What are the key changes?
- The SIRS criteria have been ousted due to poor sensitivity and specificity for sepsis.
- The new replacement is the Sequential (sepsis-related) Organ Failure Assessment (SOFA) score. This is a fairly complicated multi-faceted score used in critical care settings as a definition for organ dysfunction.
A SOFA score change of ≥2 (I picture a plush 3-seater) is a marker of organ dysfunction; the baseline SOFA is presumed to be 0 (maybe a beanbag?) where no pre-existing abnormality is known. A score of ≥2 is associated with 10% mortality.
- Given the limited use of SOFAs outside the ICU (no time to sit down in ED), and its complicated nature, the quick SOFA (qSOFA) has been suggested as a bedside aide-memoire to identify sepsis.
The SOFA score is not intended to be used as a tool for patient management but as a means to clinically characterize a septic patient...
Although qSOFA is less robust than a SOFA score of 2 or greater in the ICU, it does not require laboratory tests and can be assessed quickly and repeatedly. The task force suggests that qSOFA criteria be used to prompt clinicians to further investigate for organ dysfunction, to initiate or escalate therapy as appropriate, and to consider referral to critical care or increase the frequency of monitoring... The task force considered that positive qSOFA criteria should also prompt consideration of possible infection in patients not previously recognized as infected
- The definition of septic shock has been broadened to a combination of hypotension requiring vasopressor support to maintain a MAP of 65 and a lactate greater than 2 despite fluid resuscitation. This is less than the previous lactate level required of 4. This definition identifies a mortality risk of 40%.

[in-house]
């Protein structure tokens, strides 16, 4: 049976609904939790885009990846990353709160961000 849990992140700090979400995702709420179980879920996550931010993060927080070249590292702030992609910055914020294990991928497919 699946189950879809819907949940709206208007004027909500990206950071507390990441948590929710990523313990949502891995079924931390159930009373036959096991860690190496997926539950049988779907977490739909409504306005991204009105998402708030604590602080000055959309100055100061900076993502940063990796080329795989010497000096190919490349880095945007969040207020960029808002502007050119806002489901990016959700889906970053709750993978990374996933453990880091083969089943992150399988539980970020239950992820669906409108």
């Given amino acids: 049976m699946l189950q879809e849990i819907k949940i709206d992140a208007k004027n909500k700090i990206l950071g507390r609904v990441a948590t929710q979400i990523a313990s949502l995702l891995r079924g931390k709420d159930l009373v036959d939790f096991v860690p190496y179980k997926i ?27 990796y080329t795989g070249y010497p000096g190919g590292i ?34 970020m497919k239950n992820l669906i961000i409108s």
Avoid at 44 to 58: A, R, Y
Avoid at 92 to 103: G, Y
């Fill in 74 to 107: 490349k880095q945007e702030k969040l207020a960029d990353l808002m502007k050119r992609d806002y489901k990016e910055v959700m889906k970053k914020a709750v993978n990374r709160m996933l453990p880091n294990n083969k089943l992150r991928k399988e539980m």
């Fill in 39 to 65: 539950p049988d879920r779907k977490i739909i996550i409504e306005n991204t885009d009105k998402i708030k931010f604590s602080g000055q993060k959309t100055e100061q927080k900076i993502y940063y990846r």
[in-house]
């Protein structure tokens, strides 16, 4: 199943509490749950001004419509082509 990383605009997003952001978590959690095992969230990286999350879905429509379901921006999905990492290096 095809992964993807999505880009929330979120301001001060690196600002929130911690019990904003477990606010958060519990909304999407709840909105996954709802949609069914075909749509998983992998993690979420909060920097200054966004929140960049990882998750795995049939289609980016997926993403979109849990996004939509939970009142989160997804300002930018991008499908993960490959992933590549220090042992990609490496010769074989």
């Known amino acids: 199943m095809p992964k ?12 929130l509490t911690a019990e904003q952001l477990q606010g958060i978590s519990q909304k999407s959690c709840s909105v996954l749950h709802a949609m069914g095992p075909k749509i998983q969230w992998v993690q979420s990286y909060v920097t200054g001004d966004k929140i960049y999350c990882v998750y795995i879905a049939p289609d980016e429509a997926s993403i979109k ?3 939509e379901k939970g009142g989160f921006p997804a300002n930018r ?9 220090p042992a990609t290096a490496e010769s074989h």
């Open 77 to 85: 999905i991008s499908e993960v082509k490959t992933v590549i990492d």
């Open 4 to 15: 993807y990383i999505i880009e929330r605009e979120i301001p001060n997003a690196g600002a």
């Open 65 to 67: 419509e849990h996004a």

- The term "severe sepsis" has been removed from the definitions as superfluous.
What is a quick SOFA?
According to qSOFA.org:
The qSOFA score (also known as quickSOFA) is a bedside prompt that may identify patients with suspected infection who are at greater risk for a poor outcome outside the intensive care unit (ICU). It uses three criteria, assigning one point for low blood pressure (SBP≤100 mmHg), high respiratory rate (≥22 breaths per min), or altered mentation (Glasgow coma scale<15).
To help us remember this complicated set of observations, a number of acronyms:
- SOFA (Systolic BP, Off feet, Fight Apnoea... pretty terrible)
- HAT (Hypotension, Altered mental state, Tachypnoea)
- BAT (Blood pressure, Altered, Tachypnoea)
But seriously, it's not that hard to remember anyway.
How should we use this?
Always suspect sepsis and treat the patient! These are definitions, not a change in management. If you suspect sepsis, ensure early management with antibiotics and fluid resuscitation, with early vasopressor use as required.
The recommendation for use of these new definitions is shown below. Use the qSOFA to screen (and remember that a negative qSOFA does not exclude sepsis), then move onto assessing organ dysfunction and for septic shock.
Will this change management?
No, in themselves, these are just new definitions, and the management of sepsis remains the same. These definitions may change how we communicate about sepsis, with the adoption of the quick SOFA.
I suggest that implementation of these definitions in the ED should include a promotional sofa (at least a 3-seater).